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Posts Tagged ‘idolatry’

God detests idolatry, even in the form of parental love. (1)

 

It’s the first week of school and school buildings across the nation are filled with parents.

 

Yes, there are kids present, but you have a hard time seeing and hearing them through the thicket and over the buzz of the parents hovering around their kids.

 

Young adults are heading off to college and pictures are popping up all over Facebook of parents unpacking, decorating, and rearranging their children’s rooms, while the adult-child sits on the side with a perturbed look on his face.

 

When I was in school, parents never made it past the table set up 25 yards before the front door.  It was at this table where we learned who our teacher would be for the next year.

 

When I went to college, my Dad (Mom stayed home) helped me get my suitcases and boxes out of the trunk of the car and onto the sidewalk before shaking my hand and telling me he’d see me at Thanksgiving.  I had to haul the stuff up to my room by myself.

 

It use to be that most Christians only practiced idolatry at the bank, in front of the mirror, or at sporting events of their college or professional team.

 

That has all changed.

 

Parents, including the Christian-kind, have become idolatrous in their worship of their kids.  

 

God would rather we worship Him instead of our kids.

 

Sarah Young wonders if this is why God told Abraham to sacrifice his son, Isaac.  In the voice of God, she writes:

I took Isaac to the very point of death to free Abraham from son-worship. Both Abraham and Isaac suffered terribly because of the father’s undisciplined emotions. (1)

 

God instructs parents to love their kids, not to worship them.  We have become a nation of child worshippers.  It is an addiction that is reinforced everywhere we go, including church.

 

I love my boys deeply.  I love them so much I refuse to worship them.  After they were married, I told both of them, “I relinquish my parental rights over you.  However, I will always love you as your father.”

 

It was a freeing moment for them and for me.

 

I am the Lord your God, “You shall have no other gods before me. You shall not make for yourself a carved image, or any likeness of anything that is in heaven above, or that is in the earth beneath, or that is in the water under the earth.  You shall not bow down to them or serve them, for I the Lord your God am a jealous God.” (2)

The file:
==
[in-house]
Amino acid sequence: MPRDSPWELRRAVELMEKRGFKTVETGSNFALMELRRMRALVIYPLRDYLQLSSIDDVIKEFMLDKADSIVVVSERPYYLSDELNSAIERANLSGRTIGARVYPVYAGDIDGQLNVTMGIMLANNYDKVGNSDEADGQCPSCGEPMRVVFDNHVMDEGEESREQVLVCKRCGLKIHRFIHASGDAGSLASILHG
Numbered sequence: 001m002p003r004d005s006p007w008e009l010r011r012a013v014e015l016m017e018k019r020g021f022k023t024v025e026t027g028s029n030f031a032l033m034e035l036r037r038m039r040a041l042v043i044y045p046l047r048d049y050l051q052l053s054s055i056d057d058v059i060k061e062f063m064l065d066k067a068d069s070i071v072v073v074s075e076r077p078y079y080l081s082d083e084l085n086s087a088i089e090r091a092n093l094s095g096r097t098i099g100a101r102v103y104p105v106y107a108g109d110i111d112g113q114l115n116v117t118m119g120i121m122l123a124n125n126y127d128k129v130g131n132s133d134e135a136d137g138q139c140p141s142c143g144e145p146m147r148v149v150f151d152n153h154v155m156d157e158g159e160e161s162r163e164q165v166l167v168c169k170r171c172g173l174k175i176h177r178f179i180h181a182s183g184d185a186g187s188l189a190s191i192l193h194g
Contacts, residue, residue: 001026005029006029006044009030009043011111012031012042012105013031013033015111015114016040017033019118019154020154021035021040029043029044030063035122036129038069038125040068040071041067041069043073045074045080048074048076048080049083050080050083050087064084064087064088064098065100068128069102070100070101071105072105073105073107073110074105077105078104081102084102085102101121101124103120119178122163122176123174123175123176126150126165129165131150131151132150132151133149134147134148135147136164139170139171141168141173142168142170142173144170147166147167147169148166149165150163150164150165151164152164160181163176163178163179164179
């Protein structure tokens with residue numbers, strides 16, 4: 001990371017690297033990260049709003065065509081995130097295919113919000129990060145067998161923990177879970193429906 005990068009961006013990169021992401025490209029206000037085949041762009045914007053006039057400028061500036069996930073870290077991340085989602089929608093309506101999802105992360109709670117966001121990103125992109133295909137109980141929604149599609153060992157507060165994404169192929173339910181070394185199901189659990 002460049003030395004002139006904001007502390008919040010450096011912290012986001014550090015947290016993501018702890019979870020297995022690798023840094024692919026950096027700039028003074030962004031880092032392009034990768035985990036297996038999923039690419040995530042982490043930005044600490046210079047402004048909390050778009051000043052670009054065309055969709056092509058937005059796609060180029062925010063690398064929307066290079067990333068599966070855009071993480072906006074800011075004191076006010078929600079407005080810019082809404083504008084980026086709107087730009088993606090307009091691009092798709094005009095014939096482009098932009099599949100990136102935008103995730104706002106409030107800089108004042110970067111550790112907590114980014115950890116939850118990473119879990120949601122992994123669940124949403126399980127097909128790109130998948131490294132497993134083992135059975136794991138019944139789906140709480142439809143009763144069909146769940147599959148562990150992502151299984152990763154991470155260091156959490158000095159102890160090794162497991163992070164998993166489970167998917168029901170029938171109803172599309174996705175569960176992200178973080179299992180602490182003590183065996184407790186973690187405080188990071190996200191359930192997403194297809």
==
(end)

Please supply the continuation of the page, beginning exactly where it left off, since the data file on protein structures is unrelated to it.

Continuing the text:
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  1. Young, Sarah (2004-10-12). Jesus Calling – Deluxe Edition: Enjoying Peace in His Presence (p. 247). Thomas Nelson. Kindle Edition. 
  2. The Holy Bible: English Standard Version (Wheaton: Standard Bible Society, 2001), Exodus 20:2–5.
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Dare I really let God be to me all that He says He will be? (1)

Most of us want God to be a half-god to us.  

  • We want Him to be present in our lives, but not ever-present, because then He will interfere in our plans.
  • We want Him to be all-powerful, but not when credit is being given for a job well done by us.
  • We want Him to be holy and just, but not when we are enjoying an adventure in darkness and sin.

In 1952 J. B. Phillips published Your God Is Too Small.  His book became an instant devotional classic, from which comes this quote:

We create God in our own image, resulting in an anemic deity no more wise or powerful than we are, and certainly incapable of creation, maintenance, or salvation.

A small god begins with the misreading of Genesis 1:27: God created man in his own image.  

Our greatest sin is that we create god into our own image

Yes, this is idolatry:

The re-creation and re-imaging of God as a deity who meets our every need, desire, wish, and concept of how to best run the world.

We create idols because God is too much for us in all of His God-ness.  Thus, we prefer to slice and dice Him into palatable bits and pieces.  

We prefer to encounter God in small doses.  This is why we insist on worship being an hour long and assume worshipping Him twice a month, except on vacation and during the summer, as commendable for any believer.

We prefer God to give us a daily baby aspirin, rather than be our heart transplant surgeon.  Yes, we want Him to place a new heart in our enemies, spouses, and kids, but as for us, we simply want Him to give us a God-vaccination, just enough to save us in times of tribulation.

However … 

If you are tired of your god, whom you have made far too small, then pray to Him and ask Him to be all He can be for you.

You’ll be glad you did

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  1. Oswald Chambers, My Utmost for His Highest: Selections for the Year (Grand Rapids, MI: Oswald Chambers Publications; Marshall Pickering, 1986).

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